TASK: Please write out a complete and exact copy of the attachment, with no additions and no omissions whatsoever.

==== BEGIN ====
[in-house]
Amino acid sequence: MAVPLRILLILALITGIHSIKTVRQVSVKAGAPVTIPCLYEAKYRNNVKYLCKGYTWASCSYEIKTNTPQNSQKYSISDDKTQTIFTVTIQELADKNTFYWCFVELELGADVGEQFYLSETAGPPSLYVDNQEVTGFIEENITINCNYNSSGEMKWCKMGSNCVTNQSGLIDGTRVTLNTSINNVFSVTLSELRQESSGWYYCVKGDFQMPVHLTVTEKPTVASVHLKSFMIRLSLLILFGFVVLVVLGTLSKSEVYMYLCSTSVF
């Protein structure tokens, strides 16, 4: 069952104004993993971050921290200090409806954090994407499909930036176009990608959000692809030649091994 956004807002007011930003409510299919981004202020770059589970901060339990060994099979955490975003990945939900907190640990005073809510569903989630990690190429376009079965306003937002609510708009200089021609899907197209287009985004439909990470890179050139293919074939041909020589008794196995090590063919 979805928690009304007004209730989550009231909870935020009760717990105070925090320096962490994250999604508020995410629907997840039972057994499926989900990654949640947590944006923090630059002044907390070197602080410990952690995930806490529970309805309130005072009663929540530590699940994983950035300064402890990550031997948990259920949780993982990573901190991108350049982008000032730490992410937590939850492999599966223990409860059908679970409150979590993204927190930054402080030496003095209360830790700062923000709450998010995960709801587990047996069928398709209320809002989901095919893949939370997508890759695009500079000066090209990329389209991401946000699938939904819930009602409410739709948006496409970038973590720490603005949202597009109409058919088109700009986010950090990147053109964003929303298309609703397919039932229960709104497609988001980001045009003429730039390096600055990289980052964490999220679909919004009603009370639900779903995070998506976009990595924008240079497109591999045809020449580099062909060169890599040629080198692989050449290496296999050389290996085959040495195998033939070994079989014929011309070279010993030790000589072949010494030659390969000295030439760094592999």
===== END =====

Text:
[in-house]
Amino acid sequence: MAVPLRILLILALITGIHSIKTVRQVSVKAGAPVTIPCLYEAKYRNNVKYLCKGYTWASCSYEIKTNTPQNSQKYSISDDKTQTIFTVTIQELADKNTFYWCFVELELGADVGEQFYLSETAGPPSLYVDNQEVTGFIEENITINCNYNSSGEMKWCKMGSNCVTNQSGLIDGTRVTLNTSINNVFSVTLSELRQESSGWYYCVKGDFQMPVHLTVTEKPTVASVHLKSFMIRLSLLILFGFVVLVVLGTLSKSEVYMYLCSTSVF
């Protein structure tokens, strides 16, 4: 069952104004993993971050921290200090409806954090994407499909930036176009990608959000692809030649091994 956004807002007011930003409510299919981004202020770059589970901060339990060994099979955490975003990945939900907190640990005073809510569903989630990690190429376009079965306003937002609510708009200089021609899907197209287009985004439909990470890179050139293919074939041909020589008794196995090590063919 979805928690009304007004209730989550009231909870935020009760717990105070925090320096962490994250999604508020995410629907997840039972057994499926989900990654949640947590944006923090630059002044907390070197602080410990952690995930806490529970309805309130005072009663929540530590699940994983950035300064402890990550031997948990259920949780993982990573901190991108350049982008000032730490992410937590939850492999599966223990409860059908679970409150979590993204927190930054402080030496003095209360830790700062923000709450998010995960709801587990047996069928398709209320809002989901095919893949939370997508890759695009500079000066090209990329389209991401946000699938939904819930009602409410739709948006496409970038973590720490603005949202597009109409058919088109700009986010950090990147053109964003929303298309609703397919039932229960709104497609988001980001045009003429730039390096600055990289980052964490999220679909919004009603009370639900779903995070998506976009990595924008240079497109591999045809020449580099062909060169890599040629080198692989050449290496296999050389290996085959040495195998033939070994079989014929011309070279010993030790000589072949010494030659390969000295030439760094592999």